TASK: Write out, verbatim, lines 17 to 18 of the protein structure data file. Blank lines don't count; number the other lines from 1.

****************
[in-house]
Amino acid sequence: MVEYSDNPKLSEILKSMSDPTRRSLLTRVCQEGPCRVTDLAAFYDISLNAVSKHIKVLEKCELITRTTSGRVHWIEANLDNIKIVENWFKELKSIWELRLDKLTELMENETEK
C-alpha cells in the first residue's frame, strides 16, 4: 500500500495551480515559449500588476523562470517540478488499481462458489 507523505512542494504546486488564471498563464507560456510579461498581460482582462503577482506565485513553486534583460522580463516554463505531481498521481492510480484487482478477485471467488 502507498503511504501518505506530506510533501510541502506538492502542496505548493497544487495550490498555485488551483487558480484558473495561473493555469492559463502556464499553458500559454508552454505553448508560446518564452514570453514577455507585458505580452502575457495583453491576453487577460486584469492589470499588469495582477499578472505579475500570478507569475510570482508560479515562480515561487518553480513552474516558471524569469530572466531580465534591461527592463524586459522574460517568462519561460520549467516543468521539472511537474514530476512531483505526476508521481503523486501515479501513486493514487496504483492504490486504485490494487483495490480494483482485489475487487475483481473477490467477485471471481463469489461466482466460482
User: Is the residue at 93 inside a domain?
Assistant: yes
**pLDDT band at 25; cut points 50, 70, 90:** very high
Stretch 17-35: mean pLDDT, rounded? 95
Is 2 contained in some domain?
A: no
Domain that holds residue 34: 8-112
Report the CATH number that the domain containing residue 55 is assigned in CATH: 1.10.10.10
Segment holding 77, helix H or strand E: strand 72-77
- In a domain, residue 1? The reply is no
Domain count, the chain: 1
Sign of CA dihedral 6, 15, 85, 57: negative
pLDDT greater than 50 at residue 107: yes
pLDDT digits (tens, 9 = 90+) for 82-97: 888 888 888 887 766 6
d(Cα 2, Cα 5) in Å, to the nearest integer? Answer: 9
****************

pLDDT digits (tens, 9 = 90+) for 82-97: 888 888 888 887 766 6
d(Cα 2, Cα 5) in Å, to the nearest integer? Answer: 9